MHT-CET : Physics Entrance Exam

MHT - CET : Physics - Properties of Fluids Page 1

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1.

Behaviour of Liquid Surfaces

Cohesive Force: The mutual force of attraction between molecules of the same substance is called cohesive force.

Adhesive Force: The mutual force of attraction between molecules of different substances is called adhesive force.

Sphere of Influence: Molecular forces are of short range and are effective only when the distance between molecules is of the order of 10-9 m. The maximum distance up to which the molecular force is effective is called the molecular range. If a sphere is drawn with a molecule as the centre and the molecular range as radius, all molecules lying within this sphere will exert forces of attraction on each other. Such a sphere is called a sphere of influence.

Consider four molecules, P,Q, R and S.

Molecule P: The sphere of influence is fully within the liquid. It is attracted equally on all sides and hence experiences no resultant force in any direction.

Molecule Q: A part of the sphere of influence is outside the liquid surface. Hence, the downward cohesive force exerted on it is more. There is a resultant downward force on it.

Molecule R: Half the sphere of influence is outside the liquid surface. Hence, it experiences maximum cohesive force downwards.

Molecule S: Only a small part of the sphere of influence is within the liquid surface. It experiences a slight net downward force.

Explanation: At every point on the liquid surface, there is a net downward cohesive force as seen from the above examples. This net force per unit area is called the cohesive pressure. If a molecule has to be brought to the surface from the interior of the liquid, work has to be done against the downward cohesive force. This amount of work is stored as potential energy of the molecule. Thus, molecules on the surface have more potential energy than molecules in the interior. Since every system tries to minimise its potential energy, liquid surfaces tend to have the least possible area.

Surface Energy: The potential energy per unit area of the surface is called surface energy.

2.

Shape of a Liquid Surface in Contact with a Solid Surface

Consider a fluid in a container. Molecules which are near the walls of the container are under the adhesive attractive force due to the molecules of the solid container. Thus, they experience a resultant force different from liquid molecules which are far from the walls of the container.

Consider a molecule near the walls of the container. The forces acting on it are:

• Its weight (W) acting vertically downwards.
• Adhesive force (fa) directed into the solid.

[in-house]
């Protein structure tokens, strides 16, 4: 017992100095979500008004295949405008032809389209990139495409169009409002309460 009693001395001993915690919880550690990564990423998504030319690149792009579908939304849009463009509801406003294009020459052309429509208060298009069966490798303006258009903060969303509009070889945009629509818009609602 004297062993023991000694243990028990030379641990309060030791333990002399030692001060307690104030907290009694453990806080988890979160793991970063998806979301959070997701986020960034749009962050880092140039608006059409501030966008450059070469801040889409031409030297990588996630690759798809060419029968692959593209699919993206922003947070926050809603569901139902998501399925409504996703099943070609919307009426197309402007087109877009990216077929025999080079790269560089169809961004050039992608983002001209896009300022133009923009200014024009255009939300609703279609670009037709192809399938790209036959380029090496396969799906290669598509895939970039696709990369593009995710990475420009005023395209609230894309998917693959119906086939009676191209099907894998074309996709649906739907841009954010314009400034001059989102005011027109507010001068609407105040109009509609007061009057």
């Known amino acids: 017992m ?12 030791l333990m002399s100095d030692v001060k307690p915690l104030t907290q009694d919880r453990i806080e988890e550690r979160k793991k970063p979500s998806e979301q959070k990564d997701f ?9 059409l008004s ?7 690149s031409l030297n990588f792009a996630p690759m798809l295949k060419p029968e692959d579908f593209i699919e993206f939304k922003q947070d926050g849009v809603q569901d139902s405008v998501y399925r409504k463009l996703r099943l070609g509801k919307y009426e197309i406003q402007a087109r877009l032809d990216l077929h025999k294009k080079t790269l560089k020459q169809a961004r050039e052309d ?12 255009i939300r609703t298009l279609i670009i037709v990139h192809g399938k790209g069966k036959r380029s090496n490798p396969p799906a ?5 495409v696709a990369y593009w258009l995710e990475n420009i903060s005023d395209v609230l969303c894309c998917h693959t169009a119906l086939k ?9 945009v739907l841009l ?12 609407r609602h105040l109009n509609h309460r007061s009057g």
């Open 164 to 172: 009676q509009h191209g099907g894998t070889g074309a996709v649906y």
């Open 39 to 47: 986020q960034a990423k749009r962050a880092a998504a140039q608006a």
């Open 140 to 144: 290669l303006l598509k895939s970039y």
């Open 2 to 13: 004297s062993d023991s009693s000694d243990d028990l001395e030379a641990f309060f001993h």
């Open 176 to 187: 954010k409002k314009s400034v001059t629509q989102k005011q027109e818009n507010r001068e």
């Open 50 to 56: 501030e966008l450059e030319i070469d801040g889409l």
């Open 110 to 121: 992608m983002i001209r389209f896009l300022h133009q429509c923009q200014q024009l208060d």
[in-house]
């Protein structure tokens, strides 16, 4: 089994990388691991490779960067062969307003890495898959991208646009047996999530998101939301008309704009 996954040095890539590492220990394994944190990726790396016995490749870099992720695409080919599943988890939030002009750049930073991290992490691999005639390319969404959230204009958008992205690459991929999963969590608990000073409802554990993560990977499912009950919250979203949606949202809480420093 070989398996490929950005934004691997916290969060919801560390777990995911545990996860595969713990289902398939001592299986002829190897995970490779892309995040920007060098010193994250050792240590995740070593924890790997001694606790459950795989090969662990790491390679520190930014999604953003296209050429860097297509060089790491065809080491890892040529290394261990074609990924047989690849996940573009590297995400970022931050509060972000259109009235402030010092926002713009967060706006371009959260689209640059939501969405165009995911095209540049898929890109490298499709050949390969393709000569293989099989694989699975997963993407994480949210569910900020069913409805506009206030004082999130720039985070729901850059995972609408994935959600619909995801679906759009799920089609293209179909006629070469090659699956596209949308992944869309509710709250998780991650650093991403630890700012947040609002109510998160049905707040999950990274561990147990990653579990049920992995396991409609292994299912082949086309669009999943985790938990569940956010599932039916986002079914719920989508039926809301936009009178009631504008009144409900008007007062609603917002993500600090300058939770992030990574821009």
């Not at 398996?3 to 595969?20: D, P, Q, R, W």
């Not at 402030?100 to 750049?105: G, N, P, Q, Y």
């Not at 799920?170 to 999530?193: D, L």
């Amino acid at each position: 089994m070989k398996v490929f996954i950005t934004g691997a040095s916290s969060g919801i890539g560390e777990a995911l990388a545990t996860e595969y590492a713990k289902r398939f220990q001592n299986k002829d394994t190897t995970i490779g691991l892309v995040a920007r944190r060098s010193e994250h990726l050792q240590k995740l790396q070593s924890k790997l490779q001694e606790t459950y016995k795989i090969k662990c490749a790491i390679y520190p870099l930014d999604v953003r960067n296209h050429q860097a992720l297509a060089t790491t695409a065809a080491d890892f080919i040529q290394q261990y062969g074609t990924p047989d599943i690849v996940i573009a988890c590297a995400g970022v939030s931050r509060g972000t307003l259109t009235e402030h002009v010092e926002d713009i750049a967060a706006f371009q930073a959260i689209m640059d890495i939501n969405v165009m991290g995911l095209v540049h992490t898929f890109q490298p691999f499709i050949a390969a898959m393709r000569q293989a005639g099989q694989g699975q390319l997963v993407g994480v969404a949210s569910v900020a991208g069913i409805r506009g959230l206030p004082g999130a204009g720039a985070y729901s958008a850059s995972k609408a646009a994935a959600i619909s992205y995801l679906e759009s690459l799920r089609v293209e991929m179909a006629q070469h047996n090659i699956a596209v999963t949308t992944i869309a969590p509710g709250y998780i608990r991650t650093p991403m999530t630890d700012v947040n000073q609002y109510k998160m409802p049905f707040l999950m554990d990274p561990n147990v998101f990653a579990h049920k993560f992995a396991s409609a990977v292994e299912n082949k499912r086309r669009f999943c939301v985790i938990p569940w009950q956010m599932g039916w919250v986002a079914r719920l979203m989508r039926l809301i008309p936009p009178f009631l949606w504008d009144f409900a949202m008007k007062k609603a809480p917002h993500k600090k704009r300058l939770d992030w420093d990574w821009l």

• Cohesive force (fc) directed into the liquid.

Case I: If fa > fc
The resultant force
fR is directed into the solid. Since Fr has to be perpendicular to the liquid surface, the liquid molecules pile up against the wall, wetting the surface and forming a concave meniscus. For example, water and glass.

Case II : If fc > fa
Here
Fr is directed into the liquid. Since Fr has to be perpendicular to the liquid surface (for stability) the surface of the liquid becomes convex. For example, mercury and glass.

3.

Surface Energy and Surface Tension

Experiment:

ABCD is a rectangular frame. PQ is a thin movable wire placed across as a slider.

Dip the frame in soap solution, to form a soap film. The film pulls PQ towards BC since it has a tendency to contract. To keep PQ in equilibrium, a force F has to be applied. F depends on the length PQ. Since the film has two surfaces, the force F is proportional to
2 × PQ.

 \ F µ 2 l , where PQ = l F = T. 2l , where the constant proportionality T is called the surface tension of the liquid.

Definition of Surface Tension

Surface tension is defined as the force acting normally per unit length on either side of an imaginary line drawn on the free surface of the liquid. This force is perpendicular to the line and tangential to the surface of the liquid.

Units of Surface Tension

Newton/metre (N/m) in the SI system and dyne/centimetre (dyne/cm) in the CGS system

Dimensions of Surface Tension: [ML°T -2]

Surface Energy: If the wire PQ is displaced through an infinitesimal distance dx, the work done (dw) against the force of contraction is given by,

dw =
F.dx = 2T l dx = T.dA, where dA is the increase in the free surface area of the film. (Since the film has 2 surfaces, increase in free surface area = 2 × ldx)

 \ dw = T.dA or T = dw dA

Thus, surface tension is the work done per unit area in increasing the area of the film. The work done is stored as potential energy of the molecules on the surface.

Definition of Surface Energy: The work done to increase the free surface area of a liquid by unit area under isothermal conditions is called the free surface energy of the liquid and it is numerically equal to the surface tension.

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